Tuesday, October 9, 2018

The History Timeline of the Amite River

By Donald J. Sharp and Anita R. Campeau

The Amite River starts as two forks, about 100 miles (160.9 km) long, with its source in Amite County, Mississippi. It courses down through the parishes of East Feliciana, St. Helena, East Baton Rouge, Livingston and Ascension, forming boundary lines between the same. The lower 37 miles (59.5 km) of the river is navigable. On February 10, 1832, the Louisiana Legislature created Livingston Parish out of the southern portion of St. Helena Parish.

Chronology or a few milestones in the history of the Amite River

1699: The Canadian Pierre Lemoyne, Sieur d’Iberville, a soldier of New France, made the first recorded use of the Bayou Manchac and Amite River route to the Gulf after learning it from the Bayogoula Indians. Exploring the Mississippi for French colonization, Iberville and his men returned from the Red River to the French base via the Iberville River, the Amite River and lakes Maurepas and Pontchartrain, all of which he named. The route took him through the lower reaches of present day Livingston Parish.

1718: Founding of New Orleans by Jean Baptiste Lemoyne, Sieur d’Iberville.

1731: Map of Baron de Crenay showing the Amite River in a rare map of Louisiana.

1743: Arrival of Marquis Pierre de Rigaud de Vaudreuil as governor of Louisiana.

1760: After 7 years of war, France loses its vast empire on the American continent.

1763: Proclamation of King George III creating the provinces of East and West Florida. British Lt. Philip Pittman published a fairly accurate map of Bayou Manchac (Iberville River), the Amite River and Pass Manchac. The Florida Parishes were disputed territory for the Spanish who had claimed the entire gulf coast many years before. From 1763 to 1779, British and Spanish occupation will lead to conflict.

1768: George Gauld surveys and maps lakes and rivers.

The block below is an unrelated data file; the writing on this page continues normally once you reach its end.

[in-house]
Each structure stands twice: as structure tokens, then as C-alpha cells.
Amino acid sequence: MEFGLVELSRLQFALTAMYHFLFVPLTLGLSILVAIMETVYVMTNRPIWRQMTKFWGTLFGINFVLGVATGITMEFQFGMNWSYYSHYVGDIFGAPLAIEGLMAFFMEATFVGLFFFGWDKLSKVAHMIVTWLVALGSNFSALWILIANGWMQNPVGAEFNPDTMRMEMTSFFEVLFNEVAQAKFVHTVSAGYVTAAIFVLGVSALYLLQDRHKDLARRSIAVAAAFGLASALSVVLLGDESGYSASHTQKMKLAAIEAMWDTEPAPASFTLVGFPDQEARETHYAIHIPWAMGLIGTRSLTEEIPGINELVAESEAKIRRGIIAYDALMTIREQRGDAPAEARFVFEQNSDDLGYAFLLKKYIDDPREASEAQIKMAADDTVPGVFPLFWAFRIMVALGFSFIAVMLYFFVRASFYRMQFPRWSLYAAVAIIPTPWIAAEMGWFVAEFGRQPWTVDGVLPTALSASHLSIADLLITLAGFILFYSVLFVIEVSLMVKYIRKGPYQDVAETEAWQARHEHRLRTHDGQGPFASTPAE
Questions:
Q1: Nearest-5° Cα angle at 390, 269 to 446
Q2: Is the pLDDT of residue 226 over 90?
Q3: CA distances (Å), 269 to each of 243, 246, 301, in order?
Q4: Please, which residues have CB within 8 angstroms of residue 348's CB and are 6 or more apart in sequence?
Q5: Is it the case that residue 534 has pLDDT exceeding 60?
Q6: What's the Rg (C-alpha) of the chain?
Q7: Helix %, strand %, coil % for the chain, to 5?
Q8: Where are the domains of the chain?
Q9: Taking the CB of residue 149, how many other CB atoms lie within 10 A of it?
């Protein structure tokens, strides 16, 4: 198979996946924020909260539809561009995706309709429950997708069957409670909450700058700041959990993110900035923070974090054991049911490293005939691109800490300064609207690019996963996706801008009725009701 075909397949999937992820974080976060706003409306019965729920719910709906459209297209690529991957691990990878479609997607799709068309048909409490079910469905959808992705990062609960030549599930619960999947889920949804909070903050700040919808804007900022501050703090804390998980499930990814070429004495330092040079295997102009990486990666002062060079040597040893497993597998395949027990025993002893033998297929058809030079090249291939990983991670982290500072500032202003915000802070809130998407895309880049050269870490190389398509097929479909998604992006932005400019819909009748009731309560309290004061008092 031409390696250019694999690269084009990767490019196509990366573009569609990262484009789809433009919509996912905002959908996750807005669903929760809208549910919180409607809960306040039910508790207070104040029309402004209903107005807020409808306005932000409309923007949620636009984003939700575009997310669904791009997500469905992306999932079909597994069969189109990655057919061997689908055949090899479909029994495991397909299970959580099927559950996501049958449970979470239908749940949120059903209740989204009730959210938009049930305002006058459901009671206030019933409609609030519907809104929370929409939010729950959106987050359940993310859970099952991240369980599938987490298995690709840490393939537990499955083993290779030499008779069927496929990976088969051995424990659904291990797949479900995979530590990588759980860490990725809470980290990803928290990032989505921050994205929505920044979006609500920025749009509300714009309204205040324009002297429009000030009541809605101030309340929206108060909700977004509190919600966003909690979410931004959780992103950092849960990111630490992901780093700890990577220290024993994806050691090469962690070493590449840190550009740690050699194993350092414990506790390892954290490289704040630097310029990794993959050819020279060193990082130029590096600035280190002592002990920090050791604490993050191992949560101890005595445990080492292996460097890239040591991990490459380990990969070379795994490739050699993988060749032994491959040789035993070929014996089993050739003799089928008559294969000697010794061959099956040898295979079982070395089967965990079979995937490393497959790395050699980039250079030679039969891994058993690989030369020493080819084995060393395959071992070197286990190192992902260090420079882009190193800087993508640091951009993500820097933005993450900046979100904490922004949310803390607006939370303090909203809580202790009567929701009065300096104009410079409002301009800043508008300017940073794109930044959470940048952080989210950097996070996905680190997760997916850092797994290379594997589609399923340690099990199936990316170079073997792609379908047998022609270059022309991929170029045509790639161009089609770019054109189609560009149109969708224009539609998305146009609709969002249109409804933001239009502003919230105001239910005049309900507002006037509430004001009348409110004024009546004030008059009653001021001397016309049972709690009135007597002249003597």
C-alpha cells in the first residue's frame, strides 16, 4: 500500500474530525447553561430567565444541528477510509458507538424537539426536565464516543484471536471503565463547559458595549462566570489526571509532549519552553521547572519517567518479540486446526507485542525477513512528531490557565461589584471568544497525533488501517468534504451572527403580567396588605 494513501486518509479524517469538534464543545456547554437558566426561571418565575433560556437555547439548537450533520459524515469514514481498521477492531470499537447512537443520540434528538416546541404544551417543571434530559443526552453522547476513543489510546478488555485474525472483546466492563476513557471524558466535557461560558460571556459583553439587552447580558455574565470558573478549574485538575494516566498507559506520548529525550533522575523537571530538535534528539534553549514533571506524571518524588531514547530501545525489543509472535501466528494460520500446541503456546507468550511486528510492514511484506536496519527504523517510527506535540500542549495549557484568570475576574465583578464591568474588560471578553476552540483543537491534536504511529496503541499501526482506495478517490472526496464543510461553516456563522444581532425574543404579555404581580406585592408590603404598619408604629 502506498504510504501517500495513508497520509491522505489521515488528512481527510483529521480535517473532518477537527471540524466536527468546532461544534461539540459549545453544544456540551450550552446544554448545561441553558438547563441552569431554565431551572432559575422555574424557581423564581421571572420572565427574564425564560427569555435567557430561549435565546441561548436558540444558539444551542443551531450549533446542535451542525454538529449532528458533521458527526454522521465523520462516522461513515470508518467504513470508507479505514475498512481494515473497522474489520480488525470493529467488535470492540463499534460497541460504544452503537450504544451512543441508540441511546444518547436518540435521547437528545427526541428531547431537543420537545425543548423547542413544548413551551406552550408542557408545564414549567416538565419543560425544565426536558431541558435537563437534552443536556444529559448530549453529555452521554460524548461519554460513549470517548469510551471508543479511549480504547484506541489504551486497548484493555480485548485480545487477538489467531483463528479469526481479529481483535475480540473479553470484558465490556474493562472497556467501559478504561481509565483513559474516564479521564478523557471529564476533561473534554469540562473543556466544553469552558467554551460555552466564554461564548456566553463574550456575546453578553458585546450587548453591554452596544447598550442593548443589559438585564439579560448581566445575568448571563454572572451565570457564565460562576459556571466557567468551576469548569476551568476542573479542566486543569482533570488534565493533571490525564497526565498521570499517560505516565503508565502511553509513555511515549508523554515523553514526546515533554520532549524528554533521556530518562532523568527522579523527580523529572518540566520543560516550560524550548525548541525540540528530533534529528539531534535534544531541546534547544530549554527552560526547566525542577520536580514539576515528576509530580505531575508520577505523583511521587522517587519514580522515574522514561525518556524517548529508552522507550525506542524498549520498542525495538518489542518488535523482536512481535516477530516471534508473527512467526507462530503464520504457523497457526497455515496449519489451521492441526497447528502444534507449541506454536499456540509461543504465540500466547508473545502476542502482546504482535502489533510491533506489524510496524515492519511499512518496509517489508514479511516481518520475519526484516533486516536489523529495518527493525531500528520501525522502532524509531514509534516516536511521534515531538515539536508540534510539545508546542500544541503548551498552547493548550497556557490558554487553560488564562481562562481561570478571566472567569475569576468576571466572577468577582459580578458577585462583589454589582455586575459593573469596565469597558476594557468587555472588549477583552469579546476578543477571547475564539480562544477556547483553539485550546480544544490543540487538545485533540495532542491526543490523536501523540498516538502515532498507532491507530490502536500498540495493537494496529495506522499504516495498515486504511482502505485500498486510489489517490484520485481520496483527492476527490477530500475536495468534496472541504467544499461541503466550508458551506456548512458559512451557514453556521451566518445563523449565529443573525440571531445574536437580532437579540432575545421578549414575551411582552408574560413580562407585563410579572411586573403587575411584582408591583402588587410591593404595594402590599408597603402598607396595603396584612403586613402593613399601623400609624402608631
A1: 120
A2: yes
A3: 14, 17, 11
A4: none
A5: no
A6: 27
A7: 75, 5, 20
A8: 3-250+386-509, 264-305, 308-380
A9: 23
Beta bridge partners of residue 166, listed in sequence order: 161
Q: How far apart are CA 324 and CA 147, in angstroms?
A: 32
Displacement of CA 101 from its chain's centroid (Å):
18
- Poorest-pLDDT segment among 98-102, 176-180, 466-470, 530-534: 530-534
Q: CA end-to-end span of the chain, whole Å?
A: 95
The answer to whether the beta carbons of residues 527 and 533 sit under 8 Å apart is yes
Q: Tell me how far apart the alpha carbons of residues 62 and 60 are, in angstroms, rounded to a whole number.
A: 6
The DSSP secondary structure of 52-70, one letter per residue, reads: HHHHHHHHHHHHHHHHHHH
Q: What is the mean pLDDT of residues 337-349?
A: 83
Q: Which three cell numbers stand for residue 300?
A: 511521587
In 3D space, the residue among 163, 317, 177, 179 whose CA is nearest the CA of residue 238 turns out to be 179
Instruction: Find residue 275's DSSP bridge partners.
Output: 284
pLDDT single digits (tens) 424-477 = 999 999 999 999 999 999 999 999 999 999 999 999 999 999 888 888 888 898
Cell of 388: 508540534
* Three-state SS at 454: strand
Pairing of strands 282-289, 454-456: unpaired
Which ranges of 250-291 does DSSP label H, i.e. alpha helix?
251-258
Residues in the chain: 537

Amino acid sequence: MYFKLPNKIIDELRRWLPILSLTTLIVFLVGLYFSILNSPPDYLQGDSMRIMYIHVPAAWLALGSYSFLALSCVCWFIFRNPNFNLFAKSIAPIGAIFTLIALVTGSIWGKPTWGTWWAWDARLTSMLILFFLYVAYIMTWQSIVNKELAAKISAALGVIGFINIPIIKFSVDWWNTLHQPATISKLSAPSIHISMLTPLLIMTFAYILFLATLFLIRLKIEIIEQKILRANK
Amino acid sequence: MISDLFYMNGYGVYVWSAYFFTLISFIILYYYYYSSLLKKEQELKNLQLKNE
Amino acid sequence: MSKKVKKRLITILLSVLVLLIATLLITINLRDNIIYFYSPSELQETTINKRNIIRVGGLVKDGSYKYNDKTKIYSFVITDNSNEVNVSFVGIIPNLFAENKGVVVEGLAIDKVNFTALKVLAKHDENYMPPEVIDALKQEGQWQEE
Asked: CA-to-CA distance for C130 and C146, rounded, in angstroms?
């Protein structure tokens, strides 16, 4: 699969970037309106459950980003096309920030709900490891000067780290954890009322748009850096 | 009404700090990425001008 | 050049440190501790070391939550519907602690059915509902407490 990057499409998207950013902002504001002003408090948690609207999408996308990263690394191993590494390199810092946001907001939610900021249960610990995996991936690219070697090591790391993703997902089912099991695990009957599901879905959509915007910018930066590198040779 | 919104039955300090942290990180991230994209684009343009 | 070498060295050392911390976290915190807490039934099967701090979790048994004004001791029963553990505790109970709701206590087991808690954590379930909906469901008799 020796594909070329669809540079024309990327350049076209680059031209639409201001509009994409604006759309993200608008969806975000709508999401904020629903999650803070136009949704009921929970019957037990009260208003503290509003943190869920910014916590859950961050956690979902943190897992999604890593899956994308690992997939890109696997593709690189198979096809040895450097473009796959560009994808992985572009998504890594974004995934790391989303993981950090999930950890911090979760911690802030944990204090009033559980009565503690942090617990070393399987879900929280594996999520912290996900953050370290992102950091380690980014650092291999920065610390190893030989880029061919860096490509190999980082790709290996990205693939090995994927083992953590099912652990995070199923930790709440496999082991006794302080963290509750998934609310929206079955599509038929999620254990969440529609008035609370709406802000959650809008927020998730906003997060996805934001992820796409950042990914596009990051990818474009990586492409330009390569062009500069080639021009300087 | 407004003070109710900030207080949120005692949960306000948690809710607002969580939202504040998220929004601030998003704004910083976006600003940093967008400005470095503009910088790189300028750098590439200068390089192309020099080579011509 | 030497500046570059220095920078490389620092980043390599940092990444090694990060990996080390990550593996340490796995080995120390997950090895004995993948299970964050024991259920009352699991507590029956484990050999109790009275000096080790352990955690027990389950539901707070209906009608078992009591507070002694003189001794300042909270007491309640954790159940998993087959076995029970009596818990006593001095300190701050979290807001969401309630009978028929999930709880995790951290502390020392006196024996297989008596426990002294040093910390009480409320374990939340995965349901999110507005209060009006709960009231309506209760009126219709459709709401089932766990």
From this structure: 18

1772: Large land grants are issued on the Amite and Comite rivers. Settlement begins in the area now known as French Settlement and Port Vincent. Plantations develop such as "Chesterfield", "Johnston Hall" and that of Secretary Phillip "Livingston Estate."


1778: The Revolutionary War is brought to Louisiana. Raids by Captain James Willing and his marauders destroyed plantations on the Amite River. Phillip Livingston is warned and escapes down the Amite River.


Phillip Livingston


The Americans then proceed to destroy most of the settlements between Manchac and the Amite forcing many to flee into Spanish territory. Adam Chrystie and Captain Richard Pearis attack a rebel band at Manchac where several are either killed or captured. Fort Galveztown was established at the confluence of the Amite River and Bayou Manchac to protect Spanish interests in the area.

1779: The Spanish Governor of the Isle of Orleans, Don Bernardo de Galvez, realized the importance of Galveztown and began bringing in Spanish settlers from the Canary Islands in early 1779. Spain declared war against the British in 1779 and blocked the Amite River at Galveztown. Remaining British settlers on the Amite leave.

1780: Capture of Mobile and Pensacola in 1781.

1783: End of War. Treaty of Peace and the Spanish take control of the area. Land is abandoned on Amite River since hostile Indians will not permit settlers to return.

1792: William Dunbar was surveying the lower Amite River for Anglo-Americans such as John Frazer from Galveztown.

1800: Spain retroceded Louisiana including the Isle of Orleans to Napoleonic France. Bayou Manchac becomes an International Boundary between French and Spanish Territories.

1803: Louisiana, West of the Mississippi and the Isle of Orleans were sold by France to the United States. Bayou Manchac continues to be an important trade route.

1805: When the territory of Orleans was divided into Parishes, the present-day Livingston Parish became part of Spanish West Florida.

1806: The American Navy arrived on the Lakes and explored the mouths of the Amite and Tchefuncte rivers and Bayou St. John. Finding them suitable, made them a stopping point to repair vessels and get water.

1810: The West Florida Rebellion will influence the settlements on the Amite. The annexed territory of West Florida was joined to the state by an act of Congress under the name of the Territory of Feliciana.

1812: Louisiana is formally admitted to the Union as the eighteenth state.

1819: Greensburg Land Office created. U.S. Congressional Land Law passed entitles qualified settlers to 640 acres. Settlers had to confirm their land titles.

1832: Livingston Parish was created out of the southern portion of St. Helena Parish by the Louisiana Legislature on February 10, 1832.

For more information, see the book "The Amite River: The Cradle of Livingston Parish."
CLICK HERE to order.